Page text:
What observations did you make from your combine or tractor this year? Steve and I asked ourselves this very question. After some thought, we wrote this year in review highlighting the factors that we felt had the most influence on the 2014 growing season and the importance of starting a cropping plan for 2015.
Challenging Planting Season
The 2014 planting season was challenging to say the least. Farmers had a limited number of days to get this year’s crop planted due to spring rains and cool weather. The majority of corn fields in our area were planted between May 16th to May 19th and from May 22nd to May 26th. Soil conditions during planting season continue to be the number one factor to producing a top crop.
This later than normal planting window left little time for corn plants to establish their roots before the soil was inundated with heavy rain fall in June. In many parts of our growing area this was the highest rainfall amounts farmers have seen since 1993.
After the rains finally stopped, farmers carried through late June and early July with soils so saturated that many weren’t able to get spraying applications completed before the corn was too tall. While the temperature remained moderate, the majority of the corn was pollinated during the last week of July into the first week of August. After pollination, several areas went some time without receiving any additional rain; leaving poorly developed roots unable to establish nutrient movement and feed the plant adequately. Areas that missed the heavy rains in June, or received rains in August, fared much better.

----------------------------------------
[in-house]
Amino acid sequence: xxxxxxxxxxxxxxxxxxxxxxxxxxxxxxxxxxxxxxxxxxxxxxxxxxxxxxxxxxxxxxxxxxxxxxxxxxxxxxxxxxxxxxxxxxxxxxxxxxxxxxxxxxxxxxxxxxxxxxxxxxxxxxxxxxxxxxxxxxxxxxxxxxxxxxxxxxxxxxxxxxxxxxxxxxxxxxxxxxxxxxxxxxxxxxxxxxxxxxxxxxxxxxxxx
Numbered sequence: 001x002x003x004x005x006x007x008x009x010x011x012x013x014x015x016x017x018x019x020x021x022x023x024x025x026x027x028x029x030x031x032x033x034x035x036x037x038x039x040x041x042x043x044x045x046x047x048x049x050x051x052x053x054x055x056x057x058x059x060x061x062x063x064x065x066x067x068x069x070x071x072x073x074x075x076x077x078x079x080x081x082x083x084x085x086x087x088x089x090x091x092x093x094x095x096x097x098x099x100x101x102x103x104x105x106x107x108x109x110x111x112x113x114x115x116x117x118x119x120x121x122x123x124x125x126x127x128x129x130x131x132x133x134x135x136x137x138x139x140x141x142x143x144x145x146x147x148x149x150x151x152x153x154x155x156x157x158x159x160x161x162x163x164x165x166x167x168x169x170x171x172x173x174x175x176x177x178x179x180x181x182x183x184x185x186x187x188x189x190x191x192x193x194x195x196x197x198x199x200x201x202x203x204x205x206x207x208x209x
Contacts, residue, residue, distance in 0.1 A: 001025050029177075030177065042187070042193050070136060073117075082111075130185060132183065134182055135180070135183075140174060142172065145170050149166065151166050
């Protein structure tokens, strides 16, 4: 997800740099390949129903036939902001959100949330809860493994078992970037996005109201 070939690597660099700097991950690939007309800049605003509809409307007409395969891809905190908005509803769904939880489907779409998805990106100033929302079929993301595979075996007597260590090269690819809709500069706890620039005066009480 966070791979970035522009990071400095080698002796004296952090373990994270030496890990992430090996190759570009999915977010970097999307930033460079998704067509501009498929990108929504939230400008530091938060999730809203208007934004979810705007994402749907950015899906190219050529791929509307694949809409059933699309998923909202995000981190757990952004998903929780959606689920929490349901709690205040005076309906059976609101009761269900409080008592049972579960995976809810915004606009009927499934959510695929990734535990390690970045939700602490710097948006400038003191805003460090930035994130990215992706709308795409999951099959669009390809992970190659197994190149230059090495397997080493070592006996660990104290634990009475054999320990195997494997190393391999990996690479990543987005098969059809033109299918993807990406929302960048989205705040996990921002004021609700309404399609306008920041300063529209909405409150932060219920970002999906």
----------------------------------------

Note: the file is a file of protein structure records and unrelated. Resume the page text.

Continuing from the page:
Heavy Rainfall & Stressed Crops
The higher than average amount of rainfall area farmers received in June, caused the crop’s nutrient demands to be out of reach for the plant’s roots. Soil nitrate samples taken in mid-July showed that this year’s crop had little to no nitrogen left in the rooting zone, while the corn plants were still calling for 50% of their nitrogen needs.
Difficult conditions continued when several fields were hit with a widespread frost on Sept 13th. Initially, it was not categorized as a yield affecting frost. Later, it was discovered that this frost may have affected the crop to a much larger degree.
In low lying areas of fields, where corn plants were fighting all year with saturated roots, there was a delayed development of these plants. These already stressed plants were then hit with a frost event that created a double whammy, depriving bushels in areas of the fields that are usually the highest producing areas on the farm.
Yield Results & Staying Positive
What we have witnessed this fall is 1000 variables created by one major element in crop production that being excessive rainfall. As farmers look back at the 2014 Harvest, it is obvious that yields were directly correlated to the production capabilities of each piece of ground and how that piece handled excessive water and stressful conditions. Having a good risk strategy made all the difference in agronomic decisions this growing season.
After a challenging 2014, it is important for farmers to focus on the positives; the successes of their operations this year, and capitalize on those successes in 2015. When you make production decisions in low yield environments, the opposite tends to occur the next year. Don’t be reactive, be proactive!
2015 Planning Starts Now!
Now’s the time to focus on farm planning for 2015. Next year will be different, with lower prices; farmers must focus on increased crop production to lower break evens. When presented production challenges tied to adverse market prices, a written plan and a positive attitude will minimize the emotions of making poor decisions. Contact the Corn Capital Innovation Team; we have the knowledge and resources needed to help you plan to achieve a successful farming operation in 2015.